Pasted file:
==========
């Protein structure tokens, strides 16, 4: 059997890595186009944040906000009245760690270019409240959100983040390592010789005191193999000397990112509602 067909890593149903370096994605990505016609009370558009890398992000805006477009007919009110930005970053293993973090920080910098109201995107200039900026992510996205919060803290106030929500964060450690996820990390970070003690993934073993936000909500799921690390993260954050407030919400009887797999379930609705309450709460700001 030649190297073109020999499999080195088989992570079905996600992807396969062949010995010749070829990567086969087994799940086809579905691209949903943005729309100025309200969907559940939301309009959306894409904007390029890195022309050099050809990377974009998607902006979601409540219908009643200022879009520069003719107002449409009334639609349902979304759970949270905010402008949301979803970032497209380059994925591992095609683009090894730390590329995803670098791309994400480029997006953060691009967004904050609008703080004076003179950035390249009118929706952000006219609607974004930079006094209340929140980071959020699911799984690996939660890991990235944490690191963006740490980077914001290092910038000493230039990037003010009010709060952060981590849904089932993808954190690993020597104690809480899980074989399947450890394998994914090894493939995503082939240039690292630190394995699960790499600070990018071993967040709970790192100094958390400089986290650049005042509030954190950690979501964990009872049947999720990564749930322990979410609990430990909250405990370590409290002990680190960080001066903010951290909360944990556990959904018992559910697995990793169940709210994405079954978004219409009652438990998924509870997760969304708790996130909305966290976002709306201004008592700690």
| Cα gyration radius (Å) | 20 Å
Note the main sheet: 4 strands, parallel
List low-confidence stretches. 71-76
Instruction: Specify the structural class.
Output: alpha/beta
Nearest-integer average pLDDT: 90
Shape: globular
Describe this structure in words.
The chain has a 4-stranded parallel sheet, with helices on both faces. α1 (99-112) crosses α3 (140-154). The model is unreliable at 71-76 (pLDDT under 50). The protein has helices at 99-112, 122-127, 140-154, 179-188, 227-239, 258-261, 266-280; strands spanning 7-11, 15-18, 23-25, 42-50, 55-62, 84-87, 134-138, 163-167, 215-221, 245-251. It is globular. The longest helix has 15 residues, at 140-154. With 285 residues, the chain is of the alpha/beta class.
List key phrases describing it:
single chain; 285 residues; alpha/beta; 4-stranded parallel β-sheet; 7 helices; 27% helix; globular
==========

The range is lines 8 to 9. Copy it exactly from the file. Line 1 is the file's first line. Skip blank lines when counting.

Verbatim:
Shape: globular
Describe this structure in words.